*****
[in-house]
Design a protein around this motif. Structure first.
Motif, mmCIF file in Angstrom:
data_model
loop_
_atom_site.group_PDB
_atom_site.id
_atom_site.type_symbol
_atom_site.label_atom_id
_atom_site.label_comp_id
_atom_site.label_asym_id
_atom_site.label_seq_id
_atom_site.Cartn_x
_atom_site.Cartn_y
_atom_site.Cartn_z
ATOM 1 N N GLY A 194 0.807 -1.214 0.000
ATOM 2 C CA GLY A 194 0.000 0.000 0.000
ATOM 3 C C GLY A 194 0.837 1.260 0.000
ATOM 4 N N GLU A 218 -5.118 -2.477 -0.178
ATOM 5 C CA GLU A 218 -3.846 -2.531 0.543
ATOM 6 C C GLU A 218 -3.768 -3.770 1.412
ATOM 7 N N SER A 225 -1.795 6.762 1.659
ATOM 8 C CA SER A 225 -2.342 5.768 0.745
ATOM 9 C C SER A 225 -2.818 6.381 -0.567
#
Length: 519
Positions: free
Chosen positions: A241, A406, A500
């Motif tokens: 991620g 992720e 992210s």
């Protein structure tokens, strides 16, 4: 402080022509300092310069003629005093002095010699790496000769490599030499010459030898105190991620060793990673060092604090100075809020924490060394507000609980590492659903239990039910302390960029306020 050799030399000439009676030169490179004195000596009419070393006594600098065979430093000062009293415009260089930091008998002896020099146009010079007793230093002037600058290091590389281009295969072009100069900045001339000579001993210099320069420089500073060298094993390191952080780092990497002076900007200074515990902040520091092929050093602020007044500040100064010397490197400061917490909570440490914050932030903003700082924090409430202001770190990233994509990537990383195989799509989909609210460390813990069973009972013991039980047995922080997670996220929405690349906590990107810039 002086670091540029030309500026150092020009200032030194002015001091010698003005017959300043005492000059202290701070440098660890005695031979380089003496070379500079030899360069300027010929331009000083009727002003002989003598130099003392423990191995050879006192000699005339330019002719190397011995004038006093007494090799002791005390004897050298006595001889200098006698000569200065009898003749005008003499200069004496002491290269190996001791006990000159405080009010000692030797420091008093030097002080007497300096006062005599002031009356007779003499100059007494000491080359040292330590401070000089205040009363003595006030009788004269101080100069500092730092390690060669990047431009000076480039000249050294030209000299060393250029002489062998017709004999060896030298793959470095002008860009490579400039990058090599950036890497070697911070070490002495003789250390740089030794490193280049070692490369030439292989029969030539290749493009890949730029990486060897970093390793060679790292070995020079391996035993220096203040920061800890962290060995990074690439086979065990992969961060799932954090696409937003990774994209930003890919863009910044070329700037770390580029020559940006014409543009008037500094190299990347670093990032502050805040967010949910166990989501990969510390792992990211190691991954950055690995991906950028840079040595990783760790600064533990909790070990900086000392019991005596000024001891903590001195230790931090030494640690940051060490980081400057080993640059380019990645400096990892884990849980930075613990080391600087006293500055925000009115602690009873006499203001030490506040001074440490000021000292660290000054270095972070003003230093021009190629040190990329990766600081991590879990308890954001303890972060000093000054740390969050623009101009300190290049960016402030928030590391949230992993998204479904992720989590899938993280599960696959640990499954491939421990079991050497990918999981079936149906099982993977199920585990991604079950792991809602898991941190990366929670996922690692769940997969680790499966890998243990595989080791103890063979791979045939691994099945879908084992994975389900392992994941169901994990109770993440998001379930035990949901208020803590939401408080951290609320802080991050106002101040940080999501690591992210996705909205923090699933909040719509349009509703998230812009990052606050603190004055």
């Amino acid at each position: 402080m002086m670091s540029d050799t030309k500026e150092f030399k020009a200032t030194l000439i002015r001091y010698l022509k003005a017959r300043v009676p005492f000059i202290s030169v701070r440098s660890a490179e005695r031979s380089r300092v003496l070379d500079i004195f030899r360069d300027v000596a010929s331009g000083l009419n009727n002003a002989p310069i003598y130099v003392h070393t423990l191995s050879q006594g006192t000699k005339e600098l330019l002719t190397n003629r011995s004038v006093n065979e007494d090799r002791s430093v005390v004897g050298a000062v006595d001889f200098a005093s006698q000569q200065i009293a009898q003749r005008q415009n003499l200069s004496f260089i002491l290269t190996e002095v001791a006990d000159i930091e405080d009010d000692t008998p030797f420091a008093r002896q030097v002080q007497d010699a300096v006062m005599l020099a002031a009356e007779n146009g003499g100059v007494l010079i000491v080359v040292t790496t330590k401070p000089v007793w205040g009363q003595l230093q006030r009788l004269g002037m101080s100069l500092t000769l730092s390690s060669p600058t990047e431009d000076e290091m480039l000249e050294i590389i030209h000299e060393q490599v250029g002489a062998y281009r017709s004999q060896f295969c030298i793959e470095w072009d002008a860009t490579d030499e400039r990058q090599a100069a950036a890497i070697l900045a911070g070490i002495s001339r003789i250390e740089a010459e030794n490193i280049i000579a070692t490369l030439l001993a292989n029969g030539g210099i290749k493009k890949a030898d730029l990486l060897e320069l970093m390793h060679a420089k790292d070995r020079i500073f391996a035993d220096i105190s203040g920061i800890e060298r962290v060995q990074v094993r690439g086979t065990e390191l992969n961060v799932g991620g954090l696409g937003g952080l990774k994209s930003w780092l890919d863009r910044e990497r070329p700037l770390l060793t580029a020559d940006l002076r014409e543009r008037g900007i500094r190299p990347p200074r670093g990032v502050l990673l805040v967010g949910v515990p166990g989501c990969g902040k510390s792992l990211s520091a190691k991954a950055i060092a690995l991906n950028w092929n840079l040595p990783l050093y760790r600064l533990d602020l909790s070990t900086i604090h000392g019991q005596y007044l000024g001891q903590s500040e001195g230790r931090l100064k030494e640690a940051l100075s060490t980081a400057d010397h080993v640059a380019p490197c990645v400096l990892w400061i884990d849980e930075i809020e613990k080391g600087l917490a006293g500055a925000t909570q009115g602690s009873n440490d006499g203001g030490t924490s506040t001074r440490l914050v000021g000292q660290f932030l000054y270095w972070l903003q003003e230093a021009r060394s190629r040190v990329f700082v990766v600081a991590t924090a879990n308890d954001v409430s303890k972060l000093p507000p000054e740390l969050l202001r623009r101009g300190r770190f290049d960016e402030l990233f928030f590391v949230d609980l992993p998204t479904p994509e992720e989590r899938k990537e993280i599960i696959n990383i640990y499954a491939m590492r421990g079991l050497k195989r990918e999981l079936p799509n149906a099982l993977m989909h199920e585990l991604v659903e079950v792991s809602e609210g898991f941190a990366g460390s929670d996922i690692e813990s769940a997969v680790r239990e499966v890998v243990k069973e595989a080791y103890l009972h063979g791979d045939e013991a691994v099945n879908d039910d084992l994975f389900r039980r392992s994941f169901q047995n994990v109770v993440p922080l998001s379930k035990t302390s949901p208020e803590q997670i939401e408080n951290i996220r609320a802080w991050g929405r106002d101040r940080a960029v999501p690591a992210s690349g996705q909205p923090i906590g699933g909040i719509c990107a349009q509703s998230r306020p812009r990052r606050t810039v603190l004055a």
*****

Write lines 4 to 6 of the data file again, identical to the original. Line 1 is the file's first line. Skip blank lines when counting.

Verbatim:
data_model
loop_
_atom_site.group_PDB